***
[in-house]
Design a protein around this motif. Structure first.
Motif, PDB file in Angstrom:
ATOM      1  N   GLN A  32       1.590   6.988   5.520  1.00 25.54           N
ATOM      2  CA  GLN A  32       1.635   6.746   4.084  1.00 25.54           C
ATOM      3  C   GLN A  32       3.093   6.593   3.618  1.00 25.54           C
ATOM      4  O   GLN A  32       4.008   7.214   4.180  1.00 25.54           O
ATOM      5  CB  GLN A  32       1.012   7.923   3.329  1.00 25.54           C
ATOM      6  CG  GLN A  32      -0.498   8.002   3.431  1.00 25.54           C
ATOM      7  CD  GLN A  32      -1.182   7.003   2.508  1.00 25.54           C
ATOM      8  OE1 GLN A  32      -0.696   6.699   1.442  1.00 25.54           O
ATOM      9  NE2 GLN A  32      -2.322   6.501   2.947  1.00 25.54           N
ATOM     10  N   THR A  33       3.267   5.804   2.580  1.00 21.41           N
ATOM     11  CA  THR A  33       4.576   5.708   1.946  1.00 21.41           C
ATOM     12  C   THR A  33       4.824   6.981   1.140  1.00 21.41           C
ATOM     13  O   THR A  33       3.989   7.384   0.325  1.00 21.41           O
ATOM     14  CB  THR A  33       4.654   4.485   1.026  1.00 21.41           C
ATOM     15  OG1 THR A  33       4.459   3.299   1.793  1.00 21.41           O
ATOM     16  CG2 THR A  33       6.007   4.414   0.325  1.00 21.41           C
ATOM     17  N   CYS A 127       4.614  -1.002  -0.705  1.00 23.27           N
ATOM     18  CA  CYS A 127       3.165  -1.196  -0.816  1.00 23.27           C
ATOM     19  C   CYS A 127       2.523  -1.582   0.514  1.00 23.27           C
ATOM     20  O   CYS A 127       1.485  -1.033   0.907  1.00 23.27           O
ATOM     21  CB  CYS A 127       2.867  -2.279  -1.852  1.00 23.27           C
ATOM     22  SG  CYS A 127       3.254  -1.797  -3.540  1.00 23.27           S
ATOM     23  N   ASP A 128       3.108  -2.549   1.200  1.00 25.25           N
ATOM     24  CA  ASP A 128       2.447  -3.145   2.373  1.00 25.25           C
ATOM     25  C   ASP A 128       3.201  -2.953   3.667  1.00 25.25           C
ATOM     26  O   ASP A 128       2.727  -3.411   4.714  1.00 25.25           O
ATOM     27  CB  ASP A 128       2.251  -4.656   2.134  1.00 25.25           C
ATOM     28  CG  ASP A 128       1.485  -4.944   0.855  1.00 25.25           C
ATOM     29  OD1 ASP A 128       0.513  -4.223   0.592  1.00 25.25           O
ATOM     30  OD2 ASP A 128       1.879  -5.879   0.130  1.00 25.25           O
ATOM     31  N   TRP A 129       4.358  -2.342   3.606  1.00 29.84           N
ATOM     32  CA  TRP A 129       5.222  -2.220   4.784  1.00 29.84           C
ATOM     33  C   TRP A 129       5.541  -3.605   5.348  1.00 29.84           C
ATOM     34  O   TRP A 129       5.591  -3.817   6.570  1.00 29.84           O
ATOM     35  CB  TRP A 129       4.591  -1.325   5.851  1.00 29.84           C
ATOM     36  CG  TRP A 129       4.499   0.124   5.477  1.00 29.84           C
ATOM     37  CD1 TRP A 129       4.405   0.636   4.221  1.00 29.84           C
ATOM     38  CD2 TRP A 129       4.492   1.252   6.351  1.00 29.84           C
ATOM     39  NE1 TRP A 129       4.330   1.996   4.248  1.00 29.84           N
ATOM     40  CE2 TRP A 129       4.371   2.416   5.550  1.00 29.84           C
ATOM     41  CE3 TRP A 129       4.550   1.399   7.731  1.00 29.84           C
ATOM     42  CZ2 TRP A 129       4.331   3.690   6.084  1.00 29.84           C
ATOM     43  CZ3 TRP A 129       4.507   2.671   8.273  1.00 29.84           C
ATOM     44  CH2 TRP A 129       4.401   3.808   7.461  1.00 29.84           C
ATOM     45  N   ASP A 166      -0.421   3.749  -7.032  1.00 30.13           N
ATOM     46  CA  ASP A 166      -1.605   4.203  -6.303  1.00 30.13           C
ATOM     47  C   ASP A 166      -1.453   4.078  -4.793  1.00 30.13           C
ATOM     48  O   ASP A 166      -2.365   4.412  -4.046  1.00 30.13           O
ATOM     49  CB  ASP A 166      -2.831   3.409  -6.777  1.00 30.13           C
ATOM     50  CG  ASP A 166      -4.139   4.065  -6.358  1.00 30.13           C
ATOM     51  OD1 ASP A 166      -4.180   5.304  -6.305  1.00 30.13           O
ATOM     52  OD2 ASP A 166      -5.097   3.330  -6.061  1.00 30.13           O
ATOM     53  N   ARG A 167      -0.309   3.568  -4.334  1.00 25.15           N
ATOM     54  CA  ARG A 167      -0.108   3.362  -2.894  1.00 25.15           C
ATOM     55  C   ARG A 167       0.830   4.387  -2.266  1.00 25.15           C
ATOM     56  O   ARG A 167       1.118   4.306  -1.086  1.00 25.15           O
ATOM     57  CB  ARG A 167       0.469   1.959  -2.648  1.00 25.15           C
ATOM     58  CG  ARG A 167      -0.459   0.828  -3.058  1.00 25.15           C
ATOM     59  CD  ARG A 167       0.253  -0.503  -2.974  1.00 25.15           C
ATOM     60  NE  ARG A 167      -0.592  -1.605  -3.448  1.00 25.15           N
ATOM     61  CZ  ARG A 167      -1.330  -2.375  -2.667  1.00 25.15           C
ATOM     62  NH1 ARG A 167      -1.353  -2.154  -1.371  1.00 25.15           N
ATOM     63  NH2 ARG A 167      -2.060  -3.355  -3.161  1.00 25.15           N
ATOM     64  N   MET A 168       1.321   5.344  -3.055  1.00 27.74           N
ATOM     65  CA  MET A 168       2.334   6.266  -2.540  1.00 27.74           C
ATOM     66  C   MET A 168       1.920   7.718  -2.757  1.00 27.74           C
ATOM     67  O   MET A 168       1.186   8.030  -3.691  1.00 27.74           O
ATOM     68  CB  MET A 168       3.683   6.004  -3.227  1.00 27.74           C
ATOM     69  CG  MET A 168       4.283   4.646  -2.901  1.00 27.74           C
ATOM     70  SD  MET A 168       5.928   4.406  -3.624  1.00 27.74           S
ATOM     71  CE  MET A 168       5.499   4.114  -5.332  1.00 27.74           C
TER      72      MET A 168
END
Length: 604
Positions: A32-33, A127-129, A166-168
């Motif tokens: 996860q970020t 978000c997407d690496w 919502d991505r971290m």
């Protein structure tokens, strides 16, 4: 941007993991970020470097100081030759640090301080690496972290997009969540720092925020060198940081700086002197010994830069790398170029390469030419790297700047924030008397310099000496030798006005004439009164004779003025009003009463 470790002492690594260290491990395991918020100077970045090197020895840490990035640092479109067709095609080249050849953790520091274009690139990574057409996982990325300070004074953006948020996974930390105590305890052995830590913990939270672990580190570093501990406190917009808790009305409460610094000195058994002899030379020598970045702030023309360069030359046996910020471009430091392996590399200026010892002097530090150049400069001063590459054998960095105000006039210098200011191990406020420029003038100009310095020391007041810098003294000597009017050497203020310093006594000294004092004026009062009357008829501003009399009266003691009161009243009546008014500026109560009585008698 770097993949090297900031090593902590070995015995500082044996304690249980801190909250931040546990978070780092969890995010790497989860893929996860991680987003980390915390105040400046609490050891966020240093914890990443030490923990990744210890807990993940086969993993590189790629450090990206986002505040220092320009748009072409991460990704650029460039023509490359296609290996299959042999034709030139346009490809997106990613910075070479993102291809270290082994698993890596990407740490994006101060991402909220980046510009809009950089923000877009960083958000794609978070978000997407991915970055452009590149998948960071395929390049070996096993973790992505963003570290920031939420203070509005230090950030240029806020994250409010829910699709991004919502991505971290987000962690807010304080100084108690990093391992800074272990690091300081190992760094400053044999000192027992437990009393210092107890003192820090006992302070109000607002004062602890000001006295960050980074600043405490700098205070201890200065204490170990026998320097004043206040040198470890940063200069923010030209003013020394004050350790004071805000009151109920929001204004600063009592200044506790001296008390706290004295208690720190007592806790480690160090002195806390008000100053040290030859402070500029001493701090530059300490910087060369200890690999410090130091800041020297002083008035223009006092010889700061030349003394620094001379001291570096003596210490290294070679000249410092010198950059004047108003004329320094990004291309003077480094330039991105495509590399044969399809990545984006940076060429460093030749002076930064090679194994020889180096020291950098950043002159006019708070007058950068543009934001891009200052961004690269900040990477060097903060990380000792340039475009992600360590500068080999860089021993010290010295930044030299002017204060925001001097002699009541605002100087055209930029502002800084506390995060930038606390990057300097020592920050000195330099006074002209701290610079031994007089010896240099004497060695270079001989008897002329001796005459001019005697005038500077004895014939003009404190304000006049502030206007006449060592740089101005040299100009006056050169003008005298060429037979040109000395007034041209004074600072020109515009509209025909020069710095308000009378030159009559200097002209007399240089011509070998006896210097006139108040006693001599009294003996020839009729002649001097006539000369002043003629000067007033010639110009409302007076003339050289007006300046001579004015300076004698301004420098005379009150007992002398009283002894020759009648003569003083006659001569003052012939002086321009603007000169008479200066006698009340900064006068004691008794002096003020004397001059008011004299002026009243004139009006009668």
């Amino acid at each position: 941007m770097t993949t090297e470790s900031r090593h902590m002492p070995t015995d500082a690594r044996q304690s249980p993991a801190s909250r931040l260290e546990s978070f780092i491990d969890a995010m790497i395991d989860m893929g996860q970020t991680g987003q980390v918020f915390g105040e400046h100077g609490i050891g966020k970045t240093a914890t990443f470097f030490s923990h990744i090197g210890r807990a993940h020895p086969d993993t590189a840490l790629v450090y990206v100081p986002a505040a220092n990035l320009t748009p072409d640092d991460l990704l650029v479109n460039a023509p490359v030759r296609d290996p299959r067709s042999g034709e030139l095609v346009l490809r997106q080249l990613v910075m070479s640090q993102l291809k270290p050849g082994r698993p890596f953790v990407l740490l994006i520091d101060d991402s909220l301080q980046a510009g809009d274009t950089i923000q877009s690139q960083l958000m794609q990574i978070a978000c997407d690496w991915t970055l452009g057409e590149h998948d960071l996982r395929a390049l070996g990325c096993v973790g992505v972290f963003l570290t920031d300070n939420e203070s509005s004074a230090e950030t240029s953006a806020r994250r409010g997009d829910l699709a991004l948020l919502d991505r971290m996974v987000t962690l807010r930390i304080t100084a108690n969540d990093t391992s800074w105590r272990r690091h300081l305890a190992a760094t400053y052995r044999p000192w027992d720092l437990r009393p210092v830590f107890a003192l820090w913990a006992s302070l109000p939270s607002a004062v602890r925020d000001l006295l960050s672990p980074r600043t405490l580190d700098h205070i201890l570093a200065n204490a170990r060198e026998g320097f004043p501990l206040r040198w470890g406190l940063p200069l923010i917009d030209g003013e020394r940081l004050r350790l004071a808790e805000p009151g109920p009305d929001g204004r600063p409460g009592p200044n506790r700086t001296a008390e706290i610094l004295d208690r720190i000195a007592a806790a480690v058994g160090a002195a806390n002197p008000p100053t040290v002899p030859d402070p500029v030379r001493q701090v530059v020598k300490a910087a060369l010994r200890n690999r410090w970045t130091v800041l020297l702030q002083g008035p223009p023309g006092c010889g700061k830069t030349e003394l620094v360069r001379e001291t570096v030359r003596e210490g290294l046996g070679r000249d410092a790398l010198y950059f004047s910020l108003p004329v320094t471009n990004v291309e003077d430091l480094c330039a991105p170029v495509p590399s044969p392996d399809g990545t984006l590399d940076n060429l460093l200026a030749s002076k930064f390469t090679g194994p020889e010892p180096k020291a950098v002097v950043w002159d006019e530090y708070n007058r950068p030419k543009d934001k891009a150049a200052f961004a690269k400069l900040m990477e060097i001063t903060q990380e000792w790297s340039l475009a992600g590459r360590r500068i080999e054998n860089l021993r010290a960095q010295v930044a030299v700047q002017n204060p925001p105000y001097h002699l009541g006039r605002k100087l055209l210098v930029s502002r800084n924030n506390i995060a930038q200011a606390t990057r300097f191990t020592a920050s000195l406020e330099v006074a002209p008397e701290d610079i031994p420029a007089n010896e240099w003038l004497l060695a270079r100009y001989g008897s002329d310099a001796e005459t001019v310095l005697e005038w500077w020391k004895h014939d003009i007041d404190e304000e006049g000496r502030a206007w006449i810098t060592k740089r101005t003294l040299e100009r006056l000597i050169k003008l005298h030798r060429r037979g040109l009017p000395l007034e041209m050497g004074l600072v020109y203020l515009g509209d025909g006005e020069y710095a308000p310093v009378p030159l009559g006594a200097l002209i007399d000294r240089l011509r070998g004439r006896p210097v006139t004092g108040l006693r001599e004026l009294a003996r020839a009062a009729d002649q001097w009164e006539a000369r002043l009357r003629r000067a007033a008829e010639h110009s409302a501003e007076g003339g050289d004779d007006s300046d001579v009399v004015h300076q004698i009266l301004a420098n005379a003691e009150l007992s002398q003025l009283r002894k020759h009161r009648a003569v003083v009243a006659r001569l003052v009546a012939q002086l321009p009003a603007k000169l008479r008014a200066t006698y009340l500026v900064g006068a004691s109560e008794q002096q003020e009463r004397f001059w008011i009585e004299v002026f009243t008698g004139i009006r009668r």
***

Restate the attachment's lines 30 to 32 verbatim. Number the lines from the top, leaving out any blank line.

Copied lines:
ATOM     27  CB  ASP A 128       2.251  -4.656   2.134  1.00 25.25           C
ATOM     28  CG  ASP A 128       1.485  -4.944   0.855  1.00 25.25           C
ATOM     29  OD1 ASP A 128       0.513  -4.223   0.592  1.00 25.25           O